INTELLECTUAL snobs had a field day this week when the girls on Love Island tried to discuss Brexit.
‘So does that mean we won’t have any trees?’ asked Hayley, mishearing a comment about trade deals, while Georgia worried: ‘Doesn’t it mean it would be harder to like, go to like, Spain and stuff?’
It’s easy to chortle at the viral clip, but in reality Brexit is pretty damn hard to understand.
Trying to make sense of the intricacies of the votes on the Brexit Bill is enough to bring you out in a tension headache. Few people in Westminster fully understood what was going on — let alone in the wider world.
But without getting bogged down in the exact meaning of a meaningful vote — what happened this week in the House of Commons could have huge consequences for the prime minister (and, as a result, the rest of us).
If Theresa May falls off the treacherous tightrope she’s treading, we will look back at this week as the moment it all started to go wrong for her.
There are wildly different accounts of what Theresa May did in order to persuade enough Conservative MPs to back her in the division lobbies.
Remainers believe they extracted a cast iron promise from the prime minister that MPs would get the final say on what should happen if she fails to strike a deal with the EU.
Brexiteers claim no such concession was made (they worry MPs would vote for the softest Brexit or even try to overturn it altogether if that happens).
One thing is for sure, they can’t both be right — and it won’t be long until we find out the truth.
The government last night published its new proposals for the Brexit Bill which returns to the House of Lords on Monday, and it appears the prime minister is more frightened of the Brexiteers than the Remainers. But which side has the power to bring her down if she betrays them?
Those questions will have been weighing heavily on Mrs May’s mind as the new amendment was drafted. If she has calculated wrong it could be fatal.
Don’t stay mum on shared baby leave
I’M FED up with people talking down shared parental leave — where mums and dads can split the time they take off work to look after the kids.
The latest example is the women and equalities committee, which dismissively advises that ‘the government’s flagship policy of shared parental leave is likely to have little impact, with a predicted take-up rate of just two to eight per cent’.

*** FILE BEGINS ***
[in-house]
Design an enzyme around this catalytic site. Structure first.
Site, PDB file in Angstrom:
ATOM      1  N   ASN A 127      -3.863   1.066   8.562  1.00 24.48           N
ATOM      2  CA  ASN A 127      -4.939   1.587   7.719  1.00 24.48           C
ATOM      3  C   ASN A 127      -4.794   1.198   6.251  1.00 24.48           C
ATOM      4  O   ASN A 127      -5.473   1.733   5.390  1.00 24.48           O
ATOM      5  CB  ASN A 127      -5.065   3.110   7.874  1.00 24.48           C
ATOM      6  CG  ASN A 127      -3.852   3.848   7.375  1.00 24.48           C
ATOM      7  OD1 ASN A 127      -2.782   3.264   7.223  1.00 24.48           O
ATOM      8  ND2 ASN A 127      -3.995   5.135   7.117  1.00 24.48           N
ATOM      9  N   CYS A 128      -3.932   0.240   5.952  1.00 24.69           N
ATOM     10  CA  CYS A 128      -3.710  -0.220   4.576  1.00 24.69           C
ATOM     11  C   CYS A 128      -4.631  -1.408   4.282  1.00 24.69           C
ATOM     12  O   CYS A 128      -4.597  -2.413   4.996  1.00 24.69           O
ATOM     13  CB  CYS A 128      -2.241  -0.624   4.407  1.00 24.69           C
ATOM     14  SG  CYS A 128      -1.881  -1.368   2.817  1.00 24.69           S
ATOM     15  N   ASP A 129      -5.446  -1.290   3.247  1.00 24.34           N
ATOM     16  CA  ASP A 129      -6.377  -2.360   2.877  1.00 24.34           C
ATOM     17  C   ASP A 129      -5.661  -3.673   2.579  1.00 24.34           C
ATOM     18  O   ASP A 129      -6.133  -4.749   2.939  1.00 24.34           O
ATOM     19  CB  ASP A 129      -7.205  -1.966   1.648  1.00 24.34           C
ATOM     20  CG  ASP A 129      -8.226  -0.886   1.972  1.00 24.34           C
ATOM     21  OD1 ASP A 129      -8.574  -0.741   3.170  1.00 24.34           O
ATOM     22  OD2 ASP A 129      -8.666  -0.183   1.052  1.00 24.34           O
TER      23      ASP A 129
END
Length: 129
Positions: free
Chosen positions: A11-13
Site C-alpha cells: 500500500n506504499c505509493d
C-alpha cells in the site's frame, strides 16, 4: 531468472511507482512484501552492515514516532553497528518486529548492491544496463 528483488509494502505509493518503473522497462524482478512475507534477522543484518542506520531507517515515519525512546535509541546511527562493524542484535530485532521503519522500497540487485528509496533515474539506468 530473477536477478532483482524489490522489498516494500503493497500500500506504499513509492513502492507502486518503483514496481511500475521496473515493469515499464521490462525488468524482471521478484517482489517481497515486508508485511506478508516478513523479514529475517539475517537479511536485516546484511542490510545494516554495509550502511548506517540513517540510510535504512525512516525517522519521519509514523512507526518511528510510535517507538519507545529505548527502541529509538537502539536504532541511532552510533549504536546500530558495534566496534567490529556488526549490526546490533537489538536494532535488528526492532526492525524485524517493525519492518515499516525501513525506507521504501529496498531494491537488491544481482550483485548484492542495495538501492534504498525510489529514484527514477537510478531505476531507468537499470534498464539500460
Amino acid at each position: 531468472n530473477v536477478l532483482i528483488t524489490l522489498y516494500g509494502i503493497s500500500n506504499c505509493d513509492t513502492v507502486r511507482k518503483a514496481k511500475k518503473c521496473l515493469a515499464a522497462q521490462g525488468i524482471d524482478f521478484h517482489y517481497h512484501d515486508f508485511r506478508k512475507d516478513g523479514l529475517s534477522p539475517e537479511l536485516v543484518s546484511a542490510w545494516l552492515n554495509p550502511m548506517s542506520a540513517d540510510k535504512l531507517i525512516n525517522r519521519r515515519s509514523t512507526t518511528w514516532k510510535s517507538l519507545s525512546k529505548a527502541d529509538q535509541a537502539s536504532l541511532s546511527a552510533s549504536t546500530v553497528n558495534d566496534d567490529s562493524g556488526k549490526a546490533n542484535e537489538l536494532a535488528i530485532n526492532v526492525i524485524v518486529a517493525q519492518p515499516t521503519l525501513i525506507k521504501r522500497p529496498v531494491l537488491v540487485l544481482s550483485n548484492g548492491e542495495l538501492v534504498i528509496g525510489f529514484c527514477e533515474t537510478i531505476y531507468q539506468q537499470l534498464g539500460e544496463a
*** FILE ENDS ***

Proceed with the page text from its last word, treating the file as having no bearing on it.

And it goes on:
Challenging stereotypes around who brings up the children will take time — this is not something that can happen overnight. As employers and employees get more used to the new legislation, I’m convinced that take-up will increase.
Currently 285,000 families are eligible for shared parental leave every year. If eight per cent of couples take it up, that means 22,800 mums and dads are splitting the time off — and 22,800 babies are benefiting from more time with their fathers.
For a policy that doesn’t cost the taxpayer a penny, that’s a success story we should celebrate.
Sturgeon hopes England win is final whistle for 1966
MY WALL charts are up, my fantasy football team is ready and I can’t wait to cheer on England in the World Cup. Last week on Sophy Ridge on Sunday I asked Scottish first minister Nicola Sturgeon who she would be supporting. She said she wished England well and added: ‘Maybe if they win this World Cup we can stop talking about 1966 at long last.’ Although I like her optimism about England’s chances, let’s just try and get out of the group stages first…
A large rebellion that fell short on big names
IT WASN’T just Theresa May who faced a rebellion over Brexit this week.
Six Labour MPs quit their posts to rebel against Jeremy Corbyn’s position — Laura Smith, Ged Killen, Ellie Reeves, Tonia Antoniazzi, Anna McMorrin and Rosie Duffield.
If you recognise those names, then that’s so impressive you are officially given permission to scoff at the lack of Brexit knowledge on Love Island.